It’s a scene that plays into the classical influences often brought up around Succession, including by Strong himself. In the profile, he references both Dostoevsky and Chekhov. One example it called to mind for me was Leo Tolstoy’s 1866 short story “How Much Land Does A Man Need?” in which a peasant named Pahom who makes a deal with the devil for more and more land, before learning that all a man really needs is six feet for a grave.

Tolstoy’s parable bares striking similarities with Kendall, who, struck out against his father in the penultimate episode in hopes of proving better and smarter. And now, in the season 3 finale, he’s anything but dead, confessing for his manslaughter incident in season 1 and teaming up with his siblings (“for the first time since they were teenagers,” noted director Mark Mylod in the post-show feature) to prevent further action from Logan Roy.

In the post-show reflection on episode 9, creator Jeremy Strong said that some people might be see Kendell, Shiv, and Roman’s team up as growth. “I’m on the fence about human beings, and people certainly change what they do,” Strong went on, “but in my view, people’s essential selves do not change. In a way that’s what makes drama and choices interesting.”

How the future goes for Kendell will be left for fans to discover in Succession season 4, which was recently greenlighted by HBO. As for Strong, the immediate aftermath of the profile has prompted some major names to come to his defense. On Instagram, pal Anne Hathway also stood up for Strong’s choices as an actor, saying, “I deeply value his qualities of thoughtfulness, sincerity, authenticity, sweetness, depth, kindness, generosity, as well as his powerful intelligence and extraordinary sensitivity.” And Aaron Sorkin, via a letter posted to Twitter by Jessica Chastain, put it bluntly: “Jeremy’s not a nut.” Arguing that the profile “asks us to roll our eyes at his acting process,” Sorkin compares Strong to Dustin Hoffman, who comes up repeatedly in the profile — New Yorker writer Michael Schulman notes that Strong had a Rain Man poster on his wall as a teenager. Ultimately, Sorkin says, “there isn’t a writer, producer, or director on Earth who wouldn’t grab at the chance to cast him.”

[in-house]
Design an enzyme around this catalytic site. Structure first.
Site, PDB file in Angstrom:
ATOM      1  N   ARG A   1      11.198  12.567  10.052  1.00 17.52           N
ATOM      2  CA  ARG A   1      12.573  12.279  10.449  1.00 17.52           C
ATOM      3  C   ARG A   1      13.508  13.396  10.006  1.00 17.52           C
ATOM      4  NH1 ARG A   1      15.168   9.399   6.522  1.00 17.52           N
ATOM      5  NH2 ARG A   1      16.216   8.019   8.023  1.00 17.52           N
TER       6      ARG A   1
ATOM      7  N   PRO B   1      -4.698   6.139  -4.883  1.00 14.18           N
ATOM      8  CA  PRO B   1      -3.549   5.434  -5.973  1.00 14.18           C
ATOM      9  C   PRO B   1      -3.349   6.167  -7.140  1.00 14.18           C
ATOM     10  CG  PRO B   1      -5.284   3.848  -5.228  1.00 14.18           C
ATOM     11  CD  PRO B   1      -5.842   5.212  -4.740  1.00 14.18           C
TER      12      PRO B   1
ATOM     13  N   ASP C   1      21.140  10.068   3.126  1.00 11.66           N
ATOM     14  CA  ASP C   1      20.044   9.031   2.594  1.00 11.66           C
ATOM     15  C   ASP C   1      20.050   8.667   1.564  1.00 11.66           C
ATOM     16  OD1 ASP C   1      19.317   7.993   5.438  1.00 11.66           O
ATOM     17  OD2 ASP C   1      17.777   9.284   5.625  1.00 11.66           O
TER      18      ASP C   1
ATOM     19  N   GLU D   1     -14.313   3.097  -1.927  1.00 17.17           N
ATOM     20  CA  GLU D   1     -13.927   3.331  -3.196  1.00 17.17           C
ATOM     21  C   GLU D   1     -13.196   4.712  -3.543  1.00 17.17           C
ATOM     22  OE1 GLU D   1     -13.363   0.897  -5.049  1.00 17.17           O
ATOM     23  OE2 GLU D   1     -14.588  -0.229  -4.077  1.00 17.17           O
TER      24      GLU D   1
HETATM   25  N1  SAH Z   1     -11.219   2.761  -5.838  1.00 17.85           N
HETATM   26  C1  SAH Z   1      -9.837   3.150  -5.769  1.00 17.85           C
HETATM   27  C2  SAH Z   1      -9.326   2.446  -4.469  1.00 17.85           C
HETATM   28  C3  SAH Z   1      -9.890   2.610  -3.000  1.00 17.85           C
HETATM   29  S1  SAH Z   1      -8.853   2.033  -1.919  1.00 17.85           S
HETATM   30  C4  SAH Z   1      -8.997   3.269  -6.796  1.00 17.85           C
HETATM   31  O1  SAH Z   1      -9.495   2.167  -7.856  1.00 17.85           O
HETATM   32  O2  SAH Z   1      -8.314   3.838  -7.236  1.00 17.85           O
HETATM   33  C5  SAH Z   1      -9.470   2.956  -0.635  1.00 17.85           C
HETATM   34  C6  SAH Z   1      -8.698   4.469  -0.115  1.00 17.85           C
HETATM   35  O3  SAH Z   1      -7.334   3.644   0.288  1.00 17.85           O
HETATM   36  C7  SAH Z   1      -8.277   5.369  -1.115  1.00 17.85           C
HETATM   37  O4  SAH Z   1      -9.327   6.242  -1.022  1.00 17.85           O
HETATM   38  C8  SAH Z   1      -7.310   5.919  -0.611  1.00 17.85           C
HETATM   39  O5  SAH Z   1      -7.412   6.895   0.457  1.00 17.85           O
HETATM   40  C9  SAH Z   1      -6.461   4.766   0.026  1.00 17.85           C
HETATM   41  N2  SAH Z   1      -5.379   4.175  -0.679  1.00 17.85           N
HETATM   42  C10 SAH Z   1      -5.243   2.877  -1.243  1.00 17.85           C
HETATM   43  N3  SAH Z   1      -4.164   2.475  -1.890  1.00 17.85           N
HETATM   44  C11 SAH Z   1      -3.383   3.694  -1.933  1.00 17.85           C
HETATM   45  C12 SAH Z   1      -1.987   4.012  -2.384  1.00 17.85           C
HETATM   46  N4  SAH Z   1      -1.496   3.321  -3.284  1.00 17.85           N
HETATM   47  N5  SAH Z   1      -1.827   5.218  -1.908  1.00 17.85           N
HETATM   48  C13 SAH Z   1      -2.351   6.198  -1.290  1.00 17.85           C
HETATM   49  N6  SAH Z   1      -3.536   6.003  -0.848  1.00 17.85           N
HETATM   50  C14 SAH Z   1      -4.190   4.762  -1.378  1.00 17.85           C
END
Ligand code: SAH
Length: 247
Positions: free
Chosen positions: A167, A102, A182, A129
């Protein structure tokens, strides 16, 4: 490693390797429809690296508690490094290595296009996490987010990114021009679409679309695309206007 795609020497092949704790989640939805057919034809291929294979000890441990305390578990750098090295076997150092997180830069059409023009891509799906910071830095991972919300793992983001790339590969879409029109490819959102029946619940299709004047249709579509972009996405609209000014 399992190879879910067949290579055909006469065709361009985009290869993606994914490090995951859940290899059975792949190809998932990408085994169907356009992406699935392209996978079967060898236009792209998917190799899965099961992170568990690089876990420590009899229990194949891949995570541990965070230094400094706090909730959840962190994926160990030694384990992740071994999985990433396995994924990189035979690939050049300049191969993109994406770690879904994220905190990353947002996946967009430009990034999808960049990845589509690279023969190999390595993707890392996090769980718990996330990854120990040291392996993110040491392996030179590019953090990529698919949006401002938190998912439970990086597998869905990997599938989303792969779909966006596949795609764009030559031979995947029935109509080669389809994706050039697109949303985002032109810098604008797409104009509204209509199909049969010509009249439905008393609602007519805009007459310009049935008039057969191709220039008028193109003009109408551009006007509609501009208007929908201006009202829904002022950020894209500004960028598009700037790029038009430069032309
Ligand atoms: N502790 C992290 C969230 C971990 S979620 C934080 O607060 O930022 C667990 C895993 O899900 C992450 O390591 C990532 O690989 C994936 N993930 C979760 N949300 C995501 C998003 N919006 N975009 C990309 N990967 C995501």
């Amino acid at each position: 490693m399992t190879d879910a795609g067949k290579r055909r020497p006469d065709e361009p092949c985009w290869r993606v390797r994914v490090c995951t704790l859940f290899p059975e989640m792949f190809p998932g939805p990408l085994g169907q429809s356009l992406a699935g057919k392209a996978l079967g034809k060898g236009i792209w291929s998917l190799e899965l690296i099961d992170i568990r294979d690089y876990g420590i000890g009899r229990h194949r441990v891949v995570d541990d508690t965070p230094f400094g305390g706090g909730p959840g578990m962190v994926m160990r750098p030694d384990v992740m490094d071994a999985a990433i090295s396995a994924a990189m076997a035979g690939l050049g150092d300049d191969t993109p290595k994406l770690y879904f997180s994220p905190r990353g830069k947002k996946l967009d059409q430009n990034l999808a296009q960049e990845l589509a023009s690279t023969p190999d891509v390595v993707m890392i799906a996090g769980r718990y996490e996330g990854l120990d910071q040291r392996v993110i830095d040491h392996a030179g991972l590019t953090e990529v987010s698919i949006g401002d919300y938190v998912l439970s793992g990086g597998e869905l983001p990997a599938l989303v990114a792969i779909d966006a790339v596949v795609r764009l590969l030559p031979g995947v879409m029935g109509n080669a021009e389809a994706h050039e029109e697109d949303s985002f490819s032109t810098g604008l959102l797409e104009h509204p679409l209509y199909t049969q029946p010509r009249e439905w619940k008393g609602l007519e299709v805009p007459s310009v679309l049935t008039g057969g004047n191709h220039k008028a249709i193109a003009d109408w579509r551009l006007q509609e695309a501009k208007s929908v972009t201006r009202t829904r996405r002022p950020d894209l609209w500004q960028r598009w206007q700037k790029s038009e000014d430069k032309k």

Shortly after the Succession season 3 finale aired on HBO, Schulman took to Twitter to reveal a detail from his now-controversial profile that didn’t make the cut due to spoiler reasons. Strong told the reporter that, during the big confession scene in the parking lot, he had originally been sitting “on a stone pillar that Jeremy asked the production designer to make. They did nine takes and he just wasn’t feeling it.” The actor ultimately found himself in a “place of despair” and, according to Schulman, thought he had “come to the limits of what I can do.” So, after nine takes, Strong decided to change things up and sit on the gravel in the parking lot, and play the scene a new way. All the previous work was unusable, but the actor told Schulman that “the whole scene opened up.”

Sorkin is probably right: there may not be a writer, producer, or director on Earth who wouldn’t want to cast Strong, if for no other reason than he’s starring in one of television’s hottest shows. But if the actor’s process seems to be an inherently isolating one — one non-famous member of a production said Strong “was an annoying gnat”— than at least he has one thing that Kendall Roy has never had, even with all the money in the world: people who care about him.